Dickson Poon, the Hong Kong businessman with a stable of luxury brands, has decided Harvey Nichols should give up on the quoted sector. His offer of 250p a share for the 49.9 per cent he does not own represents a 35.5 per cent premium to the closing price on Tuesday - and is above the three-year high of 238?p.

In spite of his offer, Mr Wan - brought in by Mr Poon to run Harvey Nichols in 1992 - said his strategy remained the same. The group has adopted a high-fashion approach to the top end of the retail market. Designer names such as Alexander McQueen dominate the shop, and its celebrity fans ensure its place in the headlines.

The group has also expanded into restaurants and is trying to become a fashion brand in its own right with own-label developments. It has been pursuing a three-pronged approach to achieve this end. First, it has continued - and will continue to - roll-out full-size stores into the regions. Following last month's launch of a new store in Edinburgh, the next will open in Manchester city centre in about a year.

Secondly, the group is trying to develop a series of smaller shops stocking all Harvey Nichols own-brand goods - thus turning the name into a brand all its own.

Finally, Mr Wan is still searching for opportunities overseas to set up small Harvey Nichols stores after a successful foray into Saudi Arabia.

"This doesn't change any of our plans. Our strategy is totally unchanged," said Mr Wan, denying that the group is suffering too badly as growth in retail sales continues to slow.

"Currently trading is tough, related to tourist numbers being down," he said. "But that is the same situation faced by everyone in London."

The group has also branched out into food - opening restaurants Prism in the City and Oxo Tower on the south bank of the Thames, where diners waiting for their tables can peruse the own-brand food on the shelves.

But in spite of Mr Wan's confidence, analysts are more cautious about the outlook for department stores.

Harvey Nichols has faced strong competition from a resurgent Selfridges, which is also opening more regional stores. The new Harvey Nichols in Manchester will be right next door to the Selfridges opened in the city earlier this month.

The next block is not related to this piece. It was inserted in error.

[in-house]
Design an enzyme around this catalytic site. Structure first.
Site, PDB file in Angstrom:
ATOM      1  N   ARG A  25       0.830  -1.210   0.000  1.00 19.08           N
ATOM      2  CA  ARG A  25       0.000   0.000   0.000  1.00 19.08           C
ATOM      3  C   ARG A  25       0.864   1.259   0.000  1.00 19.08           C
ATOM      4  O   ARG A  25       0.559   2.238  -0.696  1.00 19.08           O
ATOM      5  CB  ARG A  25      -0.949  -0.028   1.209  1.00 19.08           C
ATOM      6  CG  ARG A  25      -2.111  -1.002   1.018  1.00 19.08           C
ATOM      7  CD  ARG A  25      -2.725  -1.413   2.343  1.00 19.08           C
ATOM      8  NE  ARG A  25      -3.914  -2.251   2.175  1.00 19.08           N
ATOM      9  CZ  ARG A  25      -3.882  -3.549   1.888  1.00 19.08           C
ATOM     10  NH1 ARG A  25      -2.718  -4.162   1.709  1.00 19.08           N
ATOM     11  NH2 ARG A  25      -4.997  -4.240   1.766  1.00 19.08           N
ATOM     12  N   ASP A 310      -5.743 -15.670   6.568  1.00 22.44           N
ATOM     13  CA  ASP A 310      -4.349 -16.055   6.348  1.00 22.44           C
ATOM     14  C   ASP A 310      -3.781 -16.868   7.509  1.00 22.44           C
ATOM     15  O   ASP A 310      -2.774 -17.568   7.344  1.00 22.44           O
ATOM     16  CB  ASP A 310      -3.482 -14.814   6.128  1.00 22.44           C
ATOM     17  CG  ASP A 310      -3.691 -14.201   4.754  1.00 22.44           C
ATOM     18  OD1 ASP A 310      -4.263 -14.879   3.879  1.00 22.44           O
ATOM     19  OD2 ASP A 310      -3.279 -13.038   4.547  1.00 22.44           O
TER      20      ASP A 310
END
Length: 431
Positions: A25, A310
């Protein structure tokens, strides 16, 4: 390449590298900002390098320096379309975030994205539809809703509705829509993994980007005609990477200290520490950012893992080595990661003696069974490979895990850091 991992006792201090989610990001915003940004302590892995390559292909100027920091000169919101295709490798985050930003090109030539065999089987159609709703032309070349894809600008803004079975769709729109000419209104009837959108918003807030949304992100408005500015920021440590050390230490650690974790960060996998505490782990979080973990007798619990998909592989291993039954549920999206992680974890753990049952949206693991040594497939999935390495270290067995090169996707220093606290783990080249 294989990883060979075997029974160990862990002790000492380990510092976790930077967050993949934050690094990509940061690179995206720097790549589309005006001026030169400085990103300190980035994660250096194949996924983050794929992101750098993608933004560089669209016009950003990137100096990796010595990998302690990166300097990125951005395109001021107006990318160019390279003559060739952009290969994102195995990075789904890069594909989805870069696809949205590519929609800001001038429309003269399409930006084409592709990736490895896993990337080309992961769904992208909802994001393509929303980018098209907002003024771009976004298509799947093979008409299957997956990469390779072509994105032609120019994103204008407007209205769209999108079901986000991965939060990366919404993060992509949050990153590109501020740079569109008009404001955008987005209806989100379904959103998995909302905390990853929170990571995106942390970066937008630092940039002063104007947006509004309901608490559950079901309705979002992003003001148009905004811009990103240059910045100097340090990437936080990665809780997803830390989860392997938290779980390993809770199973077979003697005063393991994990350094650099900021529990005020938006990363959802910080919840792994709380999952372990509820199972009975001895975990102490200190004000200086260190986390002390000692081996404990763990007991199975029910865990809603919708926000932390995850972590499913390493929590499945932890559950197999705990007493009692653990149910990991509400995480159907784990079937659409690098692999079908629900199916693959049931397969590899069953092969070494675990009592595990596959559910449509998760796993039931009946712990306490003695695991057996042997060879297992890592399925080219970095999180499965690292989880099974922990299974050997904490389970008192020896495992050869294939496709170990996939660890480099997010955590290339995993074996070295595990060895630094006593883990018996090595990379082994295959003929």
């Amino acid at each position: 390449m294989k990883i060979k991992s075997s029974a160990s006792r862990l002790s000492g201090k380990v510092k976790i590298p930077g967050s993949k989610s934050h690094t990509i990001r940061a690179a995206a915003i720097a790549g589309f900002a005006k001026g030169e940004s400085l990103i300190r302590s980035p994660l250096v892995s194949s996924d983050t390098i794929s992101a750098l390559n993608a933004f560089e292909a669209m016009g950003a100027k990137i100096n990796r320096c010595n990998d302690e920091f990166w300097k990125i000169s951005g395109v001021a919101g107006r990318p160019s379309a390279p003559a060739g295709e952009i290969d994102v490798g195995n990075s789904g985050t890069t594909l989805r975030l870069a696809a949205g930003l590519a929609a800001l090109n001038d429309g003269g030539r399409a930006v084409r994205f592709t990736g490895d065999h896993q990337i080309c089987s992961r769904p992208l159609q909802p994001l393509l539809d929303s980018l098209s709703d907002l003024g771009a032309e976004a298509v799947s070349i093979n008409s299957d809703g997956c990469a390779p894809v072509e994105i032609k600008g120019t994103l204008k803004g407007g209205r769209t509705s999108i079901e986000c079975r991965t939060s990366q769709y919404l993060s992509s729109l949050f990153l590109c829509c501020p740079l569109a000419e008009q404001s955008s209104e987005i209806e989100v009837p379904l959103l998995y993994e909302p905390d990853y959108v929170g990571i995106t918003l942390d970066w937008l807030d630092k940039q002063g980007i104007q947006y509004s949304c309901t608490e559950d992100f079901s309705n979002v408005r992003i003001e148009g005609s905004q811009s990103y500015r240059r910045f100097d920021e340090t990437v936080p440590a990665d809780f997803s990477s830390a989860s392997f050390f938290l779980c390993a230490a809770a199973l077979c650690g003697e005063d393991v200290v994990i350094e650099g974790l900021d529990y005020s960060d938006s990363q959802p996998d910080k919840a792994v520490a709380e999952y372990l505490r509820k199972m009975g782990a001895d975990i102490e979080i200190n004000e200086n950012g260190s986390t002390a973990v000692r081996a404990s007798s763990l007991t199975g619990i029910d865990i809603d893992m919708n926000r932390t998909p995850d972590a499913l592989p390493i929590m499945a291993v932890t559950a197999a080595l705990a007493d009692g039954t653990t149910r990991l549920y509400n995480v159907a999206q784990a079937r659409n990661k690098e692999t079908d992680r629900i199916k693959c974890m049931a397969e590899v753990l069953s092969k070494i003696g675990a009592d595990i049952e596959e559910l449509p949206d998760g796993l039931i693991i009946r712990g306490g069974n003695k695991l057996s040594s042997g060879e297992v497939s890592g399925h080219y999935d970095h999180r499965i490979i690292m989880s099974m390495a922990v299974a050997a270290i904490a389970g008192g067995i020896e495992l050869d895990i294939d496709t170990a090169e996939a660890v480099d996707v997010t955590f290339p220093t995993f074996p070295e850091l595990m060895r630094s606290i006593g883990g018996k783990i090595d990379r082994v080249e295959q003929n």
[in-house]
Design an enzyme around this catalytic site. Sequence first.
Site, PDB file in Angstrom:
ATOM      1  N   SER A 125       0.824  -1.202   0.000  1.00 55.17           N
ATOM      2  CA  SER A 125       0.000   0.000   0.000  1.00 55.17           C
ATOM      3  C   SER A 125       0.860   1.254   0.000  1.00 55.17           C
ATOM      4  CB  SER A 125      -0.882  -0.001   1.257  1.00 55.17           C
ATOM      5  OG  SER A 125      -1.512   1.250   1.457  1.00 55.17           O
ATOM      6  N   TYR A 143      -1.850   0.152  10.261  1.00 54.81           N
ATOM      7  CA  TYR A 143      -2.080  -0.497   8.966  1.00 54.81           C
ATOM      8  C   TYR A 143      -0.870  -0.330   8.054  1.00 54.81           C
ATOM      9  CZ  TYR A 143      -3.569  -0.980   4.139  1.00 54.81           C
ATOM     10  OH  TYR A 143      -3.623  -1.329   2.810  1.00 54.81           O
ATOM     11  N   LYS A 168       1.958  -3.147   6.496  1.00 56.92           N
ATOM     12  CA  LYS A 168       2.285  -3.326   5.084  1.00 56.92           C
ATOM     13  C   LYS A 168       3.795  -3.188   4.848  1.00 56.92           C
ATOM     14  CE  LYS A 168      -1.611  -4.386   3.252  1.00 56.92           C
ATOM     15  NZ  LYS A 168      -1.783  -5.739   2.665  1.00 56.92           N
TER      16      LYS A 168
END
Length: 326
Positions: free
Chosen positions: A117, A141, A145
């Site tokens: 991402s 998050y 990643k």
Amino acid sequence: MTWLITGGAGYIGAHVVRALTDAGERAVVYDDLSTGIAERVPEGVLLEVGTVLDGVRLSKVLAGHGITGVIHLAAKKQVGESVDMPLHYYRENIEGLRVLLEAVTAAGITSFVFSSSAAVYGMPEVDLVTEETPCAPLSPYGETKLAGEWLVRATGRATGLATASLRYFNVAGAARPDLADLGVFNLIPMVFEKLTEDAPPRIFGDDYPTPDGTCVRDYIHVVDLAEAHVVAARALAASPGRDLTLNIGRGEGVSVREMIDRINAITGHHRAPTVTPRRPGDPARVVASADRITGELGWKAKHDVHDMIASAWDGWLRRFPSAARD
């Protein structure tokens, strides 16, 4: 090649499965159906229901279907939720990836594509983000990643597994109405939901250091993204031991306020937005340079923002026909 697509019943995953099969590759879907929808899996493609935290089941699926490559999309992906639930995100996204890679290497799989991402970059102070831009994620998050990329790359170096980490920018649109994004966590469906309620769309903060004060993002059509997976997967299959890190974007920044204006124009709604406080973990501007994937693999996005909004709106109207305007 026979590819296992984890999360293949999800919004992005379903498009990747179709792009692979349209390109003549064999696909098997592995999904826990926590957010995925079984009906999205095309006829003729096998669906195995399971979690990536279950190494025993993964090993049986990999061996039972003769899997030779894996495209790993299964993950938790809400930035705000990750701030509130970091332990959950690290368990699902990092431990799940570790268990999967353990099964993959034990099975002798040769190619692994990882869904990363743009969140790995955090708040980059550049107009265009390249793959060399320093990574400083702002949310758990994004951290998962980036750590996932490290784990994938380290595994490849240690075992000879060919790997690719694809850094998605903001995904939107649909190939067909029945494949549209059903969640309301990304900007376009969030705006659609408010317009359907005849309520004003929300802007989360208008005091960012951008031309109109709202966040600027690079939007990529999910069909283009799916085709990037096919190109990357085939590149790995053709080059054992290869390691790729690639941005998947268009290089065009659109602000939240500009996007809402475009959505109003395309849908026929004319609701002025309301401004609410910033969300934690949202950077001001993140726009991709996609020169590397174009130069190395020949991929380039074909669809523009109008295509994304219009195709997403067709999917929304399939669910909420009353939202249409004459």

While Harvey Nichols and Selfridges are targeted firmly at the top end of the market, Debenhams, Allders and House of Fraser are all planning expansion aimed at the middle market.

"Opening stores like this is heavily capital-intensive and in a consumer downturn there is no certainty about how they will perform," said one analyst.

The competitive environment is also becoming tougher. Some of the recent growth in department stores has certainly come at the expense of the underperforming high street names such as Marks and Spencer. But with M&S on the recovery track, it will now be competing for sales more strongly.

Out of the City spotlight, Harvey Nichols may now be better placed than its listed rivals to weather the high street storm.

Broad Gain, Mr Poon's investment vehicle, was advised by JP Morgan. Harvey Nichols was advised by NM Rothschild.

Any question that Harvey Nichols, the darling of the Absolutely Fabulous set, has lost its pulling power would have seemed ludicrous last week with the opening of its Jimmy Choo boutique.

Uber-celebrities, including Elizabeth Hurley and Geri Halliwell, turned up to swill champagne and air-kiss alongside top magazine fashion directors.

Although the store has had stiff competition recently from the remodelled Selfridges (known simply as the "S word" by loyal staff), Harvey Nick's has never failed to hold its own. Last week it launched a 22m store in Edinburgh - boasting the biggest collection of fashion labels in Scotland - and plans a similar coup for Manchester.

Its ability to negotiate exclusivity on big designer names is as strong as ever. Latest in the stable is Zac Posen, the new fashion darling from New York.

Part of the key to the store's success is its location, nestled in the heart of Knightsbridge, at the top of Sloane Street surrounded by designer stores. Its size is also an advantage. Compared to Selfridges's labyrinthian layout, Harvey Nichols is easy to navigate, with staff that welcome you as if you're much more than just an account card holder. The pop music-free Fifth Floor restaurant and caf is still a destination eaterie, classed in Harden's London Restaurant guide as "fun for girlie lunches".

Whatever competition comes its way, Harvey Nichols is more than a store, it's a top fashion brand in its own right. And in fashionland, its simple white shopping bag is still one of the chicest to be seen with.   -  By Susanna Voyle, Retail Correspondent, By Edwina Ings-Chambers    Financial Times    19 Sept 2002